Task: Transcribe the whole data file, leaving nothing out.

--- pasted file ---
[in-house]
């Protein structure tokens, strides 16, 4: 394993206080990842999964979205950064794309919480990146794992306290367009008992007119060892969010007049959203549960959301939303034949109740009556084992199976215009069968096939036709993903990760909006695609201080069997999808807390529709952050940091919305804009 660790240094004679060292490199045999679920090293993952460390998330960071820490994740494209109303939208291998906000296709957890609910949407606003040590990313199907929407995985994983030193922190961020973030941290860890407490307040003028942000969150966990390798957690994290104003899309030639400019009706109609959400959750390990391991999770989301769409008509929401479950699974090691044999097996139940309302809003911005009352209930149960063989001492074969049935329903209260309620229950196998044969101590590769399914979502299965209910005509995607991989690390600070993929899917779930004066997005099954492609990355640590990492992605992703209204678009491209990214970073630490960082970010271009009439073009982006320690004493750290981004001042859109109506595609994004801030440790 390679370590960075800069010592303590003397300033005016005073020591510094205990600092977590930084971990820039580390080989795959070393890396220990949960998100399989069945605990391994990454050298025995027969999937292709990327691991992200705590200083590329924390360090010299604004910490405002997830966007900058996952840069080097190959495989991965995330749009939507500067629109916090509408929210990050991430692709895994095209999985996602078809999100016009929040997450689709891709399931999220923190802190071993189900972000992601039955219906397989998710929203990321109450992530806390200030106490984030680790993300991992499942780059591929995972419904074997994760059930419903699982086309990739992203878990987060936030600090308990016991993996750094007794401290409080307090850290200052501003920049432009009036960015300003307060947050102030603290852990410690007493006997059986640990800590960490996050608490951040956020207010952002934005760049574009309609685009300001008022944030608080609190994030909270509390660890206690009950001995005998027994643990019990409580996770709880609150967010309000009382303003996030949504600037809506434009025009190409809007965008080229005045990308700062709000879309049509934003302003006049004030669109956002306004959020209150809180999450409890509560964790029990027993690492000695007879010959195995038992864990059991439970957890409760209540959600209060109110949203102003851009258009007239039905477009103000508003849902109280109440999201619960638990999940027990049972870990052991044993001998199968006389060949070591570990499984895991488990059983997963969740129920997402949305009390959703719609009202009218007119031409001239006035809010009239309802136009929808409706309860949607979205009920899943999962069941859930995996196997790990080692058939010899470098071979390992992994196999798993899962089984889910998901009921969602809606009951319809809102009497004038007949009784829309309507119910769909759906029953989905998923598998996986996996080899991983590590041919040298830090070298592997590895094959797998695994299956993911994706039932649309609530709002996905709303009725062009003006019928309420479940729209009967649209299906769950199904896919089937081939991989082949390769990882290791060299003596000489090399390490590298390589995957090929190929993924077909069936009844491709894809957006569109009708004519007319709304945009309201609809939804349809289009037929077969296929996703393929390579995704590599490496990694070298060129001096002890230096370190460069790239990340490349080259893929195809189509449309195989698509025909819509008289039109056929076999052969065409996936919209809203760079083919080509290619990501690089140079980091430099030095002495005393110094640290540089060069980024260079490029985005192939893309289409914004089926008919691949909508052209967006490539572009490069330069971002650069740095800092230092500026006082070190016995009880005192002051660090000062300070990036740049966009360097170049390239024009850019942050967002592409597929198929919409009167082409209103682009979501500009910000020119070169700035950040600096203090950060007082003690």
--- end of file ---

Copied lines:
[in-house]
């Protein structure tokens, strides 16, 4: 394993206080990842999964979205950064794309919480990146794992306290367009008992007119060892969010007049959203549960959301939303034949109740009556084992199976215009069968096939036709993903990760909006695609201080069997999808807390529709952050940091919305804009 660790240094004679060292490199045999679920090293993952460390998330960071820490994740494209109303939208291998906000296709957890609910949407606003040590990313199907929407995985994983030193922190961020973030941290860890407490307040003028942000969150966990390798957690994290104003899309030639400019009706109609959400959750390990391991999770989301769409008509929401479950699974090691044999097996139940309302809003911005009352209930149960063989001492074969049935329903209260309620229950196998044969101590590769399914979502299965209910005509995607991989690390600070993929899917779930004066997005099954492609990355640590990492992605992703209204678009491209990214970073630490960082970010271009009439073009982006320690004493750290981004001042859109109506595609994004801030440790 390679370590960075800069010592303590003397300033005016005073020591510094205990600092977590930084971990820039580390080989795959070393890396220990949960998100399989069945605990391994990454050298025995027969999937292709990327691991992200705590200083590329924390360090010299604004910490405002997830966007900058996952840069080097190959495989991965995330749009939507500067629109916090509408929210990050991430692709895994095209999985996602078809999100016009929040997450689709891709399931999220923190802190071993189900972000992601039955219906397989998710929203990321109450992530806390200030106490984030680790993300991992499942780059591929995972419904074997994760059930419903699982086309990739992203878990987060936030600090308990016991993996750094007794401290409080307090850290200052501003920049432009009036960015300003307060947050102030603290852990410690007493006997059986640990800590960490996050608490951040956020207010952002934005760049574009309609685009300001008022944030608080609190994030909270509390660890206690009950001995005998027994643990019990409580996770709880609150967010309000009382303003996030949504600037809506434009025009190409809007965008080229005045990308700062709000879309049509934003302003006049004030669109956002306004959020209150809180999450409890509560964790029990027993690492000695007879010959195995038992864990059991439970957890409760209540959600209060109110949203102003851009258009007239039905477009103000508003849902109280109440999201619960638990999940027990049972870990052991044993001998199968006389060949070591570990499984895991488990059983997963969740129920997402949305009390959703719609009202009218007119031409001239006035809010009239309802136009929808409706309860949607979205009920899943999962069941859930995996196997790990080692058939010899470098071979390992992994196999798993899962089984889910998901009921969602809606009951319809809102009497004038007949009784829309309507119910769909759906029953989905998923598998996986996996080899991983590590041919040298830090070298592997590895094959797998695994299956993911994706039932649309609530709002996905709303009725062009003006019928309420479940729209009967649209299906769950199904896919089937081939991989082949390769990882290791060299003596000489090399390490590298390589995957090929190929993924077909069936009844491709894809957006569109009708004519007319709304945009309201609809939804349809289009037929077969296929996703393929390579995704590599490496990694070298060129001096002890230096370190460069790239990340490349080259893929195809189509449309195989698509025909819509008289039109056929076999052969065409996936919209809203760079083919080509290619990501690089140079980091430099030095002495005393110094640290540089060069980024260079490029985005192939893309289409914004089926008919691949909508052209967006490539572009490069330069971002650069740095800092230092500026006082070190016995009880005192002051660090000062300070990036740049966009360097170049390239024009850019942050967002592409597929198929919409009167082409209103682009979501500009910000020119070169700035950040600096203090950060007082003690």